Fierce herbicide receives EPA registration in soybeans
Fierce herbicide, the newest residual from Valent U.S.A. Corporation, has received EPA registration in soybeans. Fierce, which received registration for corn last year, is now available to soybean growers for the longest-lasting, broadest spectrum control of broadleaves and grasses, including species that are resistant to glyphosate and other chemistries.
In a series of university and private trials from 2010 to 2012, the new herbicide provided two more weeks of residual control than competitive herbicides of key weeds and grasses, including Palmer amaranth, waterhemp, lambsquarters, velvetleaf, dandelion, marestail, annual nightshades, pigweed species and annual grasses. Additional data indicated that Fierce showed strong results in crop safety.
“With all the challenges and uncertainties growers face each spring, they need a preemerge herbicide they can trust—one that will hold off tough broadleaves and grasses that reduce the amount of moisture and nutrients the crop can use to maximize yield,” said Trey Soud, Valent product manager. “Only Fierce consistently provides the superior broadleaf and grass control that growers need to help manage resistant weeds and increase profits.”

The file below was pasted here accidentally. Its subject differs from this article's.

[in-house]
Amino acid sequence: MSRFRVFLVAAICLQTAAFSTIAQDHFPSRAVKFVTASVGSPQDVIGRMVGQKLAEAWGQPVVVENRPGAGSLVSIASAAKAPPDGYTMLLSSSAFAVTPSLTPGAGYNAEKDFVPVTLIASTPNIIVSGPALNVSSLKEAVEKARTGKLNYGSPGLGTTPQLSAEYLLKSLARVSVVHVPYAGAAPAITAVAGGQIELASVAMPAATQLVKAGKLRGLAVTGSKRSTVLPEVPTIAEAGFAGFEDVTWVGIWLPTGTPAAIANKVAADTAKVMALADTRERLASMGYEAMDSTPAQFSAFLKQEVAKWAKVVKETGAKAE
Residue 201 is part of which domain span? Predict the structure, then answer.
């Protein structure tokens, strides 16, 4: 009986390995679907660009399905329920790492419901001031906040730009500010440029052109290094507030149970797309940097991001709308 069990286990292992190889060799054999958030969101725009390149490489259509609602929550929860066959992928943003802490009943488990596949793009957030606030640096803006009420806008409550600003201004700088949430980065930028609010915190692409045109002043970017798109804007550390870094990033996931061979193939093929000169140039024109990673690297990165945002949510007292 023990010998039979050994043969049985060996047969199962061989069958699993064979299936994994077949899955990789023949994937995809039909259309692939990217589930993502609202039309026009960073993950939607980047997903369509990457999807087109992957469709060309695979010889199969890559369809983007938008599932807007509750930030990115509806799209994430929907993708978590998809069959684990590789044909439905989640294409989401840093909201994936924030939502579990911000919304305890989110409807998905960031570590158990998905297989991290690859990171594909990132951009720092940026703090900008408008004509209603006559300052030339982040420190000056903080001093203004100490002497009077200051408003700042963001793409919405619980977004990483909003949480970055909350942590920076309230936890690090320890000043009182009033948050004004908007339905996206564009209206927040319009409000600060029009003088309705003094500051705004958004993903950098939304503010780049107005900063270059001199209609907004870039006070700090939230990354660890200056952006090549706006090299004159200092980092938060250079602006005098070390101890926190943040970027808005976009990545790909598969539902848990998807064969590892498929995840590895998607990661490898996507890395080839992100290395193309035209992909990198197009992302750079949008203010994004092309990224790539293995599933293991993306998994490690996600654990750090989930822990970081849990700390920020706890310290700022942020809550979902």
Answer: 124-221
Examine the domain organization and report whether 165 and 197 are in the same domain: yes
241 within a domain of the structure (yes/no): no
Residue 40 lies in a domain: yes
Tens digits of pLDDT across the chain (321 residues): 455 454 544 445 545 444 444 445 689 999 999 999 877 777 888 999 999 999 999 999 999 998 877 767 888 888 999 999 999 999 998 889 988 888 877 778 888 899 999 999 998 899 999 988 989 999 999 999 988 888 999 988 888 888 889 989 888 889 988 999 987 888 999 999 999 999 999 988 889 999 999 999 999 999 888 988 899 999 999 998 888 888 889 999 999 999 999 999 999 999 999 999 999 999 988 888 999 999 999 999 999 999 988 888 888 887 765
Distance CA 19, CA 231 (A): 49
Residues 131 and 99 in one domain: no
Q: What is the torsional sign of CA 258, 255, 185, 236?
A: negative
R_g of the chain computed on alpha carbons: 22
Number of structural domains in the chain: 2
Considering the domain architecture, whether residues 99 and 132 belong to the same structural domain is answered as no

Fierce combines a new chemistry for grass and broadleaf control—pyroxasulfone developed by Kumiai Chemical Industry Co., Ltd.—with Valor herbicide, a proven tough weed solution that contains the most used preemergence active ingredient in soybeans. Fierce can be applied up to three days after planting soybeans or up to seven days before planting no-till or reduced-tillage corn. It is one of the only products that gives growers flexibility to plant soybeans or corn.
“Growers know and believe in the excellent control Valor brings to their weed programs,” Soud said. “By combining Valor with pyroxasulfone to form Fierce, growers will have a single herbicide to tackle the toughest weeds and grasses.”
- Study says neonics are widespread in Iowa waters
- Tremendous response to Iowa’s new nutrient reduction program
- A good corn crop is taking shape
- Drones draw interest to crop scouting and other new farm uses
- Renegotiating cash rents down for 2015
- U.S. farmers resort to giant storage bags to avoid cheap sales